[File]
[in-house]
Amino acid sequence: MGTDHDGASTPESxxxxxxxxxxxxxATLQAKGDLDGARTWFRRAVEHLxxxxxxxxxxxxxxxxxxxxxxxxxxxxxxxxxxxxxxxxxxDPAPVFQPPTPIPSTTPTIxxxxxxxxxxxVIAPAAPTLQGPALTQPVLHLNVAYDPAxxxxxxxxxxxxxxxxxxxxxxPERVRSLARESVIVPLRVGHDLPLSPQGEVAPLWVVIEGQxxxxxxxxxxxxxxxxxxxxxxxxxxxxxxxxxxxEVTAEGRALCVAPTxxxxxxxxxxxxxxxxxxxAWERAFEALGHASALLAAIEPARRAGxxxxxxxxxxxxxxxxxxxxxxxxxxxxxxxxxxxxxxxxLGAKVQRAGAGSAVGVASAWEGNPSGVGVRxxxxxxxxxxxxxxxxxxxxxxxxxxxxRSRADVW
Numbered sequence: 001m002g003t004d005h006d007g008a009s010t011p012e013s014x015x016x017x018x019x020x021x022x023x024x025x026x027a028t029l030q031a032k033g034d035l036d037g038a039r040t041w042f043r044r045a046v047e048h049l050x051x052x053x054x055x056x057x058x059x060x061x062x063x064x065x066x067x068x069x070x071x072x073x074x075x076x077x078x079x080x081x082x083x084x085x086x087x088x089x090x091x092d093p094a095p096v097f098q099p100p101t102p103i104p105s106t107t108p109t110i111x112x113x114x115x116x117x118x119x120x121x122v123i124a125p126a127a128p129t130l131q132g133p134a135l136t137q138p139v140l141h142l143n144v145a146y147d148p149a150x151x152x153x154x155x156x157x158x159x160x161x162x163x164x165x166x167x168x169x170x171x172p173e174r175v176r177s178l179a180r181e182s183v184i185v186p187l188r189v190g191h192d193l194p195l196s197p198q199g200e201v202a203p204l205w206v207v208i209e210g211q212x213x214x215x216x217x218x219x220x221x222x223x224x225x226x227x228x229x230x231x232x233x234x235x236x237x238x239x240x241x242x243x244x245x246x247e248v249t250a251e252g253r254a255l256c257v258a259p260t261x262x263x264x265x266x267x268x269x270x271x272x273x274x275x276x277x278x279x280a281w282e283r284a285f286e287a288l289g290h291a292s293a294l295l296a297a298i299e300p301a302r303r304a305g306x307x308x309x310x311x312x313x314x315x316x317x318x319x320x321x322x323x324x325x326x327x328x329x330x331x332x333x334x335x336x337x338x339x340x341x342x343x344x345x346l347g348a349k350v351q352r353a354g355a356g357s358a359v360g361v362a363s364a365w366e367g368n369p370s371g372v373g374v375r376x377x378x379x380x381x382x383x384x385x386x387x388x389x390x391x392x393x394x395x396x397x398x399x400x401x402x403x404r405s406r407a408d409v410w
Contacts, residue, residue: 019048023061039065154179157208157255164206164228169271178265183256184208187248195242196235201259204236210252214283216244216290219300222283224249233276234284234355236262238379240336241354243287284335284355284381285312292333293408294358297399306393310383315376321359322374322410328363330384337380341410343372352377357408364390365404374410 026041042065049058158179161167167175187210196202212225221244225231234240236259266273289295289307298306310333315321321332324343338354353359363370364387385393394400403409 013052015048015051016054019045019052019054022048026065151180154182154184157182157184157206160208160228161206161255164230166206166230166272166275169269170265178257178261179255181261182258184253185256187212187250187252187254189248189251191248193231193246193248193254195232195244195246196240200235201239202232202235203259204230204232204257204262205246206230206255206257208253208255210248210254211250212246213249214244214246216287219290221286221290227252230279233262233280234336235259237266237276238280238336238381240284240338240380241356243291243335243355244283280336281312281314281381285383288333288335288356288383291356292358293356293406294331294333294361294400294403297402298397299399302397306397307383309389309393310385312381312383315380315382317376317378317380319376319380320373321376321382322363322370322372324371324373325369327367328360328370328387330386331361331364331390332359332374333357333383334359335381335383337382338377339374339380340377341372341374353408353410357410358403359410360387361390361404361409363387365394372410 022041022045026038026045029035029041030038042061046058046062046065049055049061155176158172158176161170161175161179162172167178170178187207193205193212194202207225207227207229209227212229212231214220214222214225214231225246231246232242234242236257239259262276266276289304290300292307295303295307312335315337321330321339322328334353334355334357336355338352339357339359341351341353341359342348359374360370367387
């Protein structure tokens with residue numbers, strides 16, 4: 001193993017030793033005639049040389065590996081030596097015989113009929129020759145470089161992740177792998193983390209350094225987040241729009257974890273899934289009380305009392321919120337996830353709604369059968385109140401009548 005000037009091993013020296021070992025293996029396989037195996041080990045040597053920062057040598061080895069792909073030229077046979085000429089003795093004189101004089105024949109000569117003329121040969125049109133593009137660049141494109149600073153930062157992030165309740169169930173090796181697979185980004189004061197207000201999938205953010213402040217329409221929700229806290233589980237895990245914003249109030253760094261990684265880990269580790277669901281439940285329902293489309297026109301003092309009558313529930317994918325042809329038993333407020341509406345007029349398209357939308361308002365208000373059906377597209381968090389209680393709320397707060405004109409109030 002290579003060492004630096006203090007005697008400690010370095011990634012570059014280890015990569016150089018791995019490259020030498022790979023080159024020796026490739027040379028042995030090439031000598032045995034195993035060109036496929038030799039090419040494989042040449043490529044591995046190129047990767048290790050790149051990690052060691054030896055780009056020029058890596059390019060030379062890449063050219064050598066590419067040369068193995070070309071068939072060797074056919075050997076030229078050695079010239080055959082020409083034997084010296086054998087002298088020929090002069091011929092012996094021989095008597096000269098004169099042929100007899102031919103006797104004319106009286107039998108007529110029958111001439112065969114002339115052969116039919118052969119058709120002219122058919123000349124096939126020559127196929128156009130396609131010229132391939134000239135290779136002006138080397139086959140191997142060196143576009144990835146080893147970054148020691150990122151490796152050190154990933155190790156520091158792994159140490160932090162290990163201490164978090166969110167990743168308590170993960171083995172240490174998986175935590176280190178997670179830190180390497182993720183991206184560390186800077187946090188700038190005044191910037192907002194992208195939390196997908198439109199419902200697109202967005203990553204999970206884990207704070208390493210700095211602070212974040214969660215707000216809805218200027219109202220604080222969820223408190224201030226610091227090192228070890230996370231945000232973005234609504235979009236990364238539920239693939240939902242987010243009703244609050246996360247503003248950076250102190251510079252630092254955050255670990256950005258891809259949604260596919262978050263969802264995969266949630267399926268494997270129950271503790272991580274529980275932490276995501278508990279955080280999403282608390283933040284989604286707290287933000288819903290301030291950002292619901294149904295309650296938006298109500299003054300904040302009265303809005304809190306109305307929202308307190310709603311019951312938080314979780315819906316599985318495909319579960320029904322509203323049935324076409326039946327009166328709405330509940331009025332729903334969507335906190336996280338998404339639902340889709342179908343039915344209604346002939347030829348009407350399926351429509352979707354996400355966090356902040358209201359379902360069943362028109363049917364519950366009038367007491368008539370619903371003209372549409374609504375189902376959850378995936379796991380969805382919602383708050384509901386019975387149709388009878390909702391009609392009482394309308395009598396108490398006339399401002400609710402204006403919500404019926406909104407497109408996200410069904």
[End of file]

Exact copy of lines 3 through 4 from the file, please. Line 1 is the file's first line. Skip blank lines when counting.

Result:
Numbered sequence: 001m002g003t004d005h006d007g008a009s010t011p012e013s014x015x016x017x018x019x020x021x022x023x024x025x026x027a028t029l030q031a032k033g034d035l036d037g038a039r040t041w042f043r044r045a046v047e048h049l050x051x052x053x054x055x056x057x058x059x060x061x062x063x064x065x066x067x068x069x070x071x072x073x074x075x076x077x078x079x080x081x082x083x084x085x086x087x088x089x090x091x092d093p094a095p096v097f098q099p100p101t102p103i104p105s106t107t108p109t110i111x112x113x114x115x116x117x118x119x120x121x122v123i124a125p126a127a128p129t130l131q132g133p134a135l136t137q138p139v140l141h142l143n144v145a146y147d148p149a150x151x152x153x154x155x156x157x158x159x160x161x162x163x164x165x166x167x168x169x170x171x172p173e174r175v176r177s178l179a180r181e182s183v184i185v186p187l188r189v190g191h192d193l194p195l196s197p198q199g200e201v202a203p204l205w206v207v208i209e210g211q212x213x214x215x216x217x218x219x220x221x222x223x224x225x226x227x228x229x230x231x232x233x234x235x236x237x238x239x240x241x242x243x244x245x246x247e248v249t250a251e252g253r254a255l256c257v258a259p260t261x262x263x264x265x266x267x268x269x270x271x272x273x274x275x276x277x278x279x280a281w282e283r284a285f286e287a288l289g290h291a292s293a294l295l296a297a298i299e300p301a302r303r304a305g306x307x308x309x310x311x312x313x314x315x316x317x318x319x320x321x322x323x324x325x326x327x328x329x330x331x332x333x334x335x336x337x338x339x340x341x342x343x344x345x346l347g348a349k350v351q352r353a354g355a356g357s358a359v360g361v362a363s364a365w366e367g368n369p370s371g372v373g374v375r376x377x378x379x380x381x382x383x384x385x386x387x388x389x390x391x392x393x394x395x396x397x398x399x400x401x402x403x404r405s406r407a408d409v410w
Contacts, residue, residue: 019048023061039065154179157208157255164206164228169271178265183256184208187248195242196235201259204236210252214283216244216290219300222283224249233276234284234355236262238379240336241354243287284335284355284381285312292333293408294358297399306393310383315376321359322374322410328363330384337380341410343372352377357408364390365404374410 026041042065049058158179161167167175187210196202212225221244225231234240236259266273289295289307298306310333315321321332324343338354353359363370364387385393394400403409 013052015048015051016054019045019052019054022048026065151180154182154184157182157184157206160208160228161206161255164230166206166230166272166275169269170265178257178261179255181261182258184253185256187212187250187252187254189248189251191248193231193246193248193254195232195244195246196240200235201239202232202235203259204230204232204257204262205246206230206255206257208253208255210248210254211250212246213249214244214246216287219290221286221290227252230279233262233280234336235259237266237276238280238336238381240284240338240380241356243291243335243355244283280336281312281314281381285383288333288335288356288383291356292358293356293406294331294333294361294400294403297402298397299399302397306397307383309389309393310385312381312383315380315382317376317378317380319376319380320373321376321382322363322370322372324371324373325369327367328360328370328387330386331361331364331390332359332374333357333383334359335381335383337382338377339374339380340377341372341374353408353410357410358403359410360387361390361404361409363387365394372410 022041022045026038026045029035029041030038042061046058046062046065049055049061155176158172158176161170161175161179162172167178170178187207193205193212194202207225207227207229209227212229212231214220214222214225214231225246231246232242234242236257239259262276266276289304290300292307295303295307312335315337321330321339322328334353334355334357336355338352339357339359341351341353341359342348359374360370367387